Reaching Higher: Planning Learning Spaces for Allied Health Sciences

Pictured: The University of Nebraska-Lincoln’s combined Student Health Center and College of Nursing.

Nearly 20 percent of new jobs in the United States are in healthcare and allied health professions, according to the U.S. Bureau of Labor Statistics. As such, colleges and universities are stepping up their focus on science, technology, engineering, mathematics (STEM) and allied health sciences programs to meet growing market needs for trained healthcare professionals.

Learning spaces are evolving to accommodate these new programs, and several distinct developments are driving architectural planning for the allied health sciences.


As medical and nursing curricula evolve, so too are the allied health sciences, driving the need for a new integrated and interdisciplinary approach to health sciences education and research. Traditionally siloed with dedicated curriculum and accreditation/testing, STEM and allied health sciences are sharing facilities, equipment, disciplines and teaching models to both compete in the healthcare market and effectively navigate industry changes.


Technology has grown exponentially over the past 10 years and increasingly is driving teaching models. No longer led by the sage on the stage, today’s learning environments are simulating real-life patient scenarios and healthcare settings using virtual reality, visualization tools, robotics, high-fidelity mannequins and task trainers. Mannequins now replace cadavers to simulate actual medical conditions as electronic task trainers simulate different body parts. Robotics can simulate almost any medical condition today–training a new generation of tech-savvy students.

Simulation settings often include a briefing, followed by the simulation procedure controlled by an instructor, then followed by debriefing–often in the same space. Audio/visual technology records the skills-training simulation, allowing students and instructors to critique the session, and provide for remote participation.

Simulation technology has made inroads in all aspects of healthcare education, and even healthcare organizations are using simulation centers as a professional development tool for physicians, nurses, caregivers, and new hires.


Allied health sciences also are becoming more globally focused as students study computational medicine, demographics and data mining to develop skills in population health management and identify global health trends. Campuses are building partnerships with healthcare organizations nationally and internationally to give students real-world experiences working with doctors remotely using mobile technology to diagnosis patients. The goal is to develop evidence-based data skills to deliver predictive outcomes.


Today’s learning spaces have to accommodate multiple functions and encourage hands-on experiences, with nontraditional settings, technology-rich labs, distance learning opportunities and makerspaces that offer students flexibility, engagement, and interdisciplinary experiences. Such spaces build bridges between academic theories and real-word solutions and act as catalysts for innovation, entrepreneurial spirit, and collaboration.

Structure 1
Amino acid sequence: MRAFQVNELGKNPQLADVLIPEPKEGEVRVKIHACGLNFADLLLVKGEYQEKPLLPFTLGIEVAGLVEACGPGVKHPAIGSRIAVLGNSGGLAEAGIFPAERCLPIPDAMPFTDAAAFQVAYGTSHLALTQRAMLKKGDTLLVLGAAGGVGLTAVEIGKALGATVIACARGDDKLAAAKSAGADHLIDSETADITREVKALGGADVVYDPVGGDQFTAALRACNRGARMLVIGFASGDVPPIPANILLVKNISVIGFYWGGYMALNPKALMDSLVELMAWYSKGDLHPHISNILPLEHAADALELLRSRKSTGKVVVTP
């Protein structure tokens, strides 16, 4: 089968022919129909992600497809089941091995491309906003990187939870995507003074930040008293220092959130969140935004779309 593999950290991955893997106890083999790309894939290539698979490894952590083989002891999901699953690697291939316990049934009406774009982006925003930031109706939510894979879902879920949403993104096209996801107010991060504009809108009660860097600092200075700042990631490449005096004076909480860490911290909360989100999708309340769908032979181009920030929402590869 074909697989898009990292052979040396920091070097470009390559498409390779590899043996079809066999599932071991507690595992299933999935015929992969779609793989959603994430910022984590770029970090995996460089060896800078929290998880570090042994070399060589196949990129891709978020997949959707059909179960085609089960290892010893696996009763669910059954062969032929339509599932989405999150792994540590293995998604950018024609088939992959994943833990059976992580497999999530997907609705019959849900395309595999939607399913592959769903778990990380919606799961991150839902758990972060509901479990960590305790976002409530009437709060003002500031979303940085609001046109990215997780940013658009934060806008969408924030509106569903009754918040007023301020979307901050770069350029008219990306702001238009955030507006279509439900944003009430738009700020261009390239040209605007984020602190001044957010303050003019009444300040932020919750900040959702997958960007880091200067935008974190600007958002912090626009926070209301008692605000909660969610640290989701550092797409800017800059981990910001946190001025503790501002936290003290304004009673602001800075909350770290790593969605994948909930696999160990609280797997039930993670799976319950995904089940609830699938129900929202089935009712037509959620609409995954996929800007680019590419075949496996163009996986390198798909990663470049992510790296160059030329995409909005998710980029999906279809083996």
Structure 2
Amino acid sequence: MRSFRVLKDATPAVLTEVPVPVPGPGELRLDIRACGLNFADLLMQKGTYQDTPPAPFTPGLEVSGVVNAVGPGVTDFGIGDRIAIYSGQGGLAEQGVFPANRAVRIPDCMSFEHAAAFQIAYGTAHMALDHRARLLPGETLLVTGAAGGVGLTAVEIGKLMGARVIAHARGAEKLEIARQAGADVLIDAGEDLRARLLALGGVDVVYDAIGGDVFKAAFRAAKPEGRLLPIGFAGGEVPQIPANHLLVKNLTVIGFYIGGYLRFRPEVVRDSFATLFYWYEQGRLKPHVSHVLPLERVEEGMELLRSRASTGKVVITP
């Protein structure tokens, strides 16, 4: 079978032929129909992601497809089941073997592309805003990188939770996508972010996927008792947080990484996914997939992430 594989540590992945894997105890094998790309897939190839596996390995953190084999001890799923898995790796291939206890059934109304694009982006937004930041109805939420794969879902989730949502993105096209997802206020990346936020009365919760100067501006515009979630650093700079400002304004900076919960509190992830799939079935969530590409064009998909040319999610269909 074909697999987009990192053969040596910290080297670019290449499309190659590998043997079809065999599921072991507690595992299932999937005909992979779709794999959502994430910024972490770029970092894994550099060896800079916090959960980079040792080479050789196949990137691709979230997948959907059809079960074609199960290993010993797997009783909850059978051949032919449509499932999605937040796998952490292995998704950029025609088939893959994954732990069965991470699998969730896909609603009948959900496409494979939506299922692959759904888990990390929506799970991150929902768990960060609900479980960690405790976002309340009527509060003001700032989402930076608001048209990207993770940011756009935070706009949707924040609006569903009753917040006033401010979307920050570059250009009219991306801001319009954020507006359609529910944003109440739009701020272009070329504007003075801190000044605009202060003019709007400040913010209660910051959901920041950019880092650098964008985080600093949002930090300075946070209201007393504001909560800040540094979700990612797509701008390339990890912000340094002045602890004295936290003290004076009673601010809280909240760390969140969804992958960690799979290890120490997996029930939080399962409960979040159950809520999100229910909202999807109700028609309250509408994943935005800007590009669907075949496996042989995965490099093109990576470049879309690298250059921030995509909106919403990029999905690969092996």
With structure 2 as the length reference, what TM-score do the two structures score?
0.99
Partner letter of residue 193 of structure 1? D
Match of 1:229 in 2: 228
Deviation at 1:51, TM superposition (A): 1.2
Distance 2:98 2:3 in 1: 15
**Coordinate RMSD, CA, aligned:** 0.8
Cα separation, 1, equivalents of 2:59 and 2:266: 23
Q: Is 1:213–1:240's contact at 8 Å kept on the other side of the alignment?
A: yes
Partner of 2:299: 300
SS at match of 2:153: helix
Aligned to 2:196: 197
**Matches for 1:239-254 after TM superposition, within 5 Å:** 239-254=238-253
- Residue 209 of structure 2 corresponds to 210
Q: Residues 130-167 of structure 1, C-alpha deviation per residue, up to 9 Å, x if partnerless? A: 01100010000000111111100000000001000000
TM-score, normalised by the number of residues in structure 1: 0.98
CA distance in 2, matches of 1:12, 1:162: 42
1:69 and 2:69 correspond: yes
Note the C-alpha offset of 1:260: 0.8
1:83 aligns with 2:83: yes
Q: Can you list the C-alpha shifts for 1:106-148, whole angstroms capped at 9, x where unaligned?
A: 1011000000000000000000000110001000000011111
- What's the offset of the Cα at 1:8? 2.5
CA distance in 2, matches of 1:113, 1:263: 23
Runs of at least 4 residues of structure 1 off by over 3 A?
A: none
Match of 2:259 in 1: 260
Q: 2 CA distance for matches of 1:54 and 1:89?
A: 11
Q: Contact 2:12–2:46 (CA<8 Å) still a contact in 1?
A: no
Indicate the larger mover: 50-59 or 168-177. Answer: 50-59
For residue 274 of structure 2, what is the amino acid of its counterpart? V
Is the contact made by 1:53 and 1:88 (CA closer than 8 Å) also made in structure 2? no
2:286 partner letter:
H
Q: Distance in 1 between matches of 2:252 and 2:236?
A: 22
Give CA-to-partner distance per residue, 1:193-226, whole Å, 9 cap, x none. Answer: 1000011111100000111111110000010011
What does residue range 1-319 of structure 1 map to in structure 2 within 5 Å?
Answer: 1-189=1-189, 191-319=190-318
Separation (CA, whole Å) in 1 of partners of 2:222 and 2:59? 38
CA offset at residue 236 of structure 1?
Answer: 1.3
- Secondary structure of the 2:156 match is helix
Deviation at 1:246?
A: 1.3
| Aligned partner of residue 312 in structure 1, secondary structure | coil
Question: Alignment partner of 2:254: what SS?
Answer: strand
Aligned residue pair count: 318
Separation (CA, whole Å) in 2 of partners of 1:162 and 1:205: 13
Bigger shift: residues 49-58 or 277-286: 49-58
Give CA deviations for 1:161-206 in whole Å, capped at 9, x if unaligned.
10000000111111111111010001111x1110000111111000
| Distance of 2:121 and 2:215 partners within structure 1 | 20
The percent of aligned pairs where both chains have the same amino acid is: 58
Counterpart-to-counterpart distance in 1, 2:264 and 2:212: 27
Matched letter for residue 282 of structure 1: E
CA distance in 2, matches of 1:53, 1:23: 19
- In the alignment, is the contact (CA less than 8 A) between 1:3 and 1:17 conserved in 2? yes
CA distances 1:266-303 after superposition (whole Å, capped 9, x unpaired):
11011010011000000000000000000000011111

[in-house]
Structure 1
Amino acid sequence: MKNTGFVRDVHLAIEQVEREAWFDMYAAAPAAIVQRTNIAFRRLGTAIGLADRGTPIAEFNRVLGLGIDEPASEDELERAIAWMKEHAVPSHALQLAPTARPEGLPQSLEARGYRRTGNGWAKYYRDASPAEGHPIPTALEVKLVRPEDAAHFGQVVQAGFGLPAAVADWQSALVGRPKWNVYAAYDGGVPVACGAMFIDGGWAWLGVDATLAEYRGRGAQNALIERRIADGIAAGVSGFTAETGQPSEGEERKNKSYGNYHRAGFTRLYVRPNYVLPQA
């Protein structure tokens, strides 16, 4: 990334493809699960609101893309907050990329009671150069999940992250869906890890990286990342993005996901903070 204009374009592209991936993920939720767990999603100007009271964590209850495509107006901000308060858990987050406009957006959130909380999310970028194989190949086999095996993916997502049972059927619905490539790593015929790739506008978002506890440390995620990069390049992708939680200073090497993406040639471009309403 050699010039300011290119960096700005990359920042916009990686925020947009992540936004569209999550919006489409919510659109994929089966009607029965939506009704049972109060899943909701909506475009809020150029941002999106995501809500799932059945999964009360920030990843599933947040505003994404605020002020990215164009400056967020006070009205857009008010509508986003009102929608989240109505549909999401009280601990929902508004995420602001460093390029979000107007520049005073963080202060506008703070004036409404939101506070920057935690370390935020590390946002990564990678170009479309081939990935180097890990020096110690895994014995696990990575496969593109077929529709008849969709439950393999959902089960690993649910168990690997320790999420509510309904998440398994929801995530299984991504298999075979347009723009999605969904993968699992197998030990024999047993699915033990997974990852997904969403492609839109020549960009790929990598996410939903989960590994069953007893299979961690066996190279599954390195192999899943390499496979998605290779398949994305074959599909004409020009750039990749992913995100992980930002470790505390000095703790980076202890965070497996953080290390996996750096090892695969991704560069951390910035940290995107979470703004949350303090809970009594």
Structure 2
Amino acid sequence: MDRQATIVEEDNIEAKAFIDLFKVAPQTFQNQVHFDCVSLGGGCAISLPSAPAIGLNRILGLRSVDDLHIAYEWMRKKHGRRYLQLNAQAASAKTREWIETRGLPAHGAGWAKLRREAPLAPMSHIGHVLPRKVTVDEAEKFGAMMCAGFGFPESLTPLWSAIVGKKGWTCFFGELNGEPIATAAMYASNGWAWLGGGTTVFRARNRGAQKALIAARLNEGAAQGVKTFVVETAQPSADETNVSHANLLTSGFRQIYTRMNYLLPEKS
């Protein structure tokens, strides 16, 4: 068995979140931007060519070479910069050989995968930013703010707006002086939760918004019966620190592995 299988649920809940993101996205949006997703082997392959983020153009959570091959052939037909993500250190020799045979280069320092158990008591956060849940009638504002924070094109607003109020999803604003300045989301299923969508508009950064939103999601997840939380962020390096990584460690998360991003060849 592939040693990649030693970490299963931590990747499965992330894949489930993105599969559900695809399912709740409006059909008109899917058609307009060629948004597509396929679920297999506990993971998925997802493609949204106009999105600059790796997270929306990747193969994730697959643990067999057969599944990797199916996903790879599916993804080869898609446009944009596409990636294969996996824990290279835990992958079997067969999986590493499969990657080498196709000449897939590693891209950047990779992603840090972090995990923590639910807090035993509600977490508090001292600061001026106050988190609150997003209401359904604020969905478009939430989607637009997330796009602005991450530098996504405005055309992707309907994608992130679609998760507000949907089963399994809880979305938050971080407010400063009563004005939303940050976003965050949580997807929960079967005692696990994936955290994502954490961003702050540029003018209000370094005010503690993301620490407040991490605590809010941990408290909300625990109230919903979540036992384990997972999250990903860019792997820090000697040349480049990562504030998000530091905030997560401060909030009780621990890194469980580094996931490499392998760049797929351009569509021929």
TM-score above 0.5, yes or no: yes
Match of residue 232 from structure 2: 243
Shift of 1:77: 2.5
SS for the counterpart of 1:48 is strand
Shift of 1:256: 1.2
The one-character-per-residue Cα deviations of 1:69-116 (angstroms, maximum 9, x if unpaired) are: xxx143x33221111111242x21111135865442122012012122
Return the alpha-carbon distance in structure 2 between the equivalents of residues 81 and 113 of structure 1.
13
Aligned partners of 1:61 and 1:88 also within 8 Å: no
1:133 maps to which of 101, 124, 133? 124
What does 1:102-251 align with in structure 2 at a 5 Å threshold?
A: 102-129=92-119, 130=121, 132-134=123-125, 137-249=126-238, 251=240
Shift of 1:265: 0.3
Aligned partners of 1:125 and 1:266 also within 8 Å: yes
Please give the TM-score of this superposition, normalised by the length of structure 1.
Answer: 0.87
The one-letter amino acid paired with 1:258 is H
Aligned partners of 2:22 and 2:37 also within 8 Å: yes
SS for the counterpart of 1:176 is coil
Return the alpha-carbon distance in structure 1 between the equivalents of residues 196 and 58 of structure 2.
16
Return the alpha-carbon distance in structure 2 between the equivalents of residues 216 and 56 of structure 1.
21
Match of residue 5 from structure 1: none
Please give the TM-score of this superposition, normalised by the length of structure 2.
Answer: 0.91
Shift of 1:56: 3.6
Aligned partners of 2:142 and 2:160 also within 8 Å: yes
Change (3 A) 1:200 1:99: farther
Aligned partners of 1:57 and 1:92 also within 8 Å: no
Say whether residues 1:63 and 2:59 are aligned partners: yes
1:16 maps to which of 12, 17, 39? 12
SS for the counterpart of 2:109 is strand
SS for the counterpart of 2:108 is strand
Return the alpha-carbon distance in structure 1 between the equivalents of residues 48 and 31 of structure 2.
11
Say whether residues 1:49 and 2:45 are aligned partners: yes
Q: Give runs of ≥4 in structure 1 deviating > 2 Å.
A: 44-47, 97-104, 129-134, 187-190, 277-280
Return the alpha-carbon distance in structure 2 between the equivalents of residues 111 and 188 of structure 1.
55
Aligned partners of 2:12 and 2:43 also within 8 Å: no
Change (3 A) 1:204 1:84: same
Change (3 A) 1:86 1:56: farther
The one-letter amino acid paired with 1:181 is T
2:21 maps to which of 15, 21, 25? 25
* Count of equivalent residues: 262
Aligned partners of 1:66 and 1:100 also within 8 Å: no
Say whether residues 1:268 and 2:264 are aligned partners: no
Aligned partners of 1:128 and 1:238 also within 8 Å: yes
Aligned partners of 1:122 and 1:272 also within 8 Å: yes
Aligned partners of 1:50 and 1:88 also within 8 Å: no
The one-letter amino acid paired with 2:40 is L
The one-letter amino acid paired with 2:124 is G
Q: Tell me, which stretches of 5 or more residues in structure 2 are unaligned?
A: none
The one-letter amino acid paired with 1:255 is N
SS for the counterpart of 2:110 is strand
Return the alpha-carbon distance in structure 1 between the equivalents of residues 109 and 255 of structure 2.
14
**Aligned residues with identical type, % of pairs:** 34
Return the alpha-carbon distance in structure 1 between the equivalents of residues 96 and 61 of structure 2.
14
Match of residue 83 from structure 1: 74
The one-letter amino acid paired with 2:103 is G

A strategic planning response is to develop diverse and flexible learning environments that support the continued advancements in curricular models, technology, and the overall evolution of healthcare delivery and discovery.

This means having spaces that scale up or down for different class sizes–from 40 to 140, from large lectures to small-group seminars–to accommodate changes to instruction. Through flexibility, students and instructors become participants in a collaborative learning environment.

Programs of Tomorrow

Many programs across the country already are redefining healthcare and allied health sciences education.

The University of Illinois at Urbana-Champaign, for instance, is launching a new medical school that combines clinical medicine with the campus’s renowned biosciences and engineering programs. The cross-disciplinary Carle Illinois College of Medicine (which is separate from the University of Illinois College of Medicine in Chicago) will train students to be “physician innovators” and entrepreneurs when it opens in coming years, inspiring graduates to develop new technologies, medical devices, procedures, and allied industries.

Similarly, the University of Nebraska-Lincoln (UNL) is combining clinical health services and educational programming in a new health center to enhance cross-disciplinary opportunities. The 107,000-square-foot, three-story University Health Center, designed by HGA, will house medical, dental and physical therapy clinics alongside the University of Nebraska Medical Center (UNMC) College of Nursing-Lincoln Division when completed in mid-2018.

The College of Nursing includes simulation center (above), skills labs, active learning classrooms, education support space, administrative offices, and research labs. The planning supports shared learning between the nursing program and clinics, giving students hands-on experience. The building also will strengthen educational resources between UNL and UNMC in Omaha.

“This shared facility is a testament to campus collaborations, which enables us to better serve the healthcare needs of university students and raise the level of nursing education and research,” said UNMC Chancellor Jeffrey P. Gold, M.D.


Programs such as these are demonstrating the importance of educational cross-fertilization. As you plan learning spaces to support new curriculum, remember:

  • Be entrepreneurial in your learning model.
  • Think globally.
  • Plan flexible spaces for cross-disciplinary collaboration.
  • Provide maker and collaboration spaces to foster evolving protocol and product development.
  • Put science and technology on display.
  • Position your students as future healthcare leaders.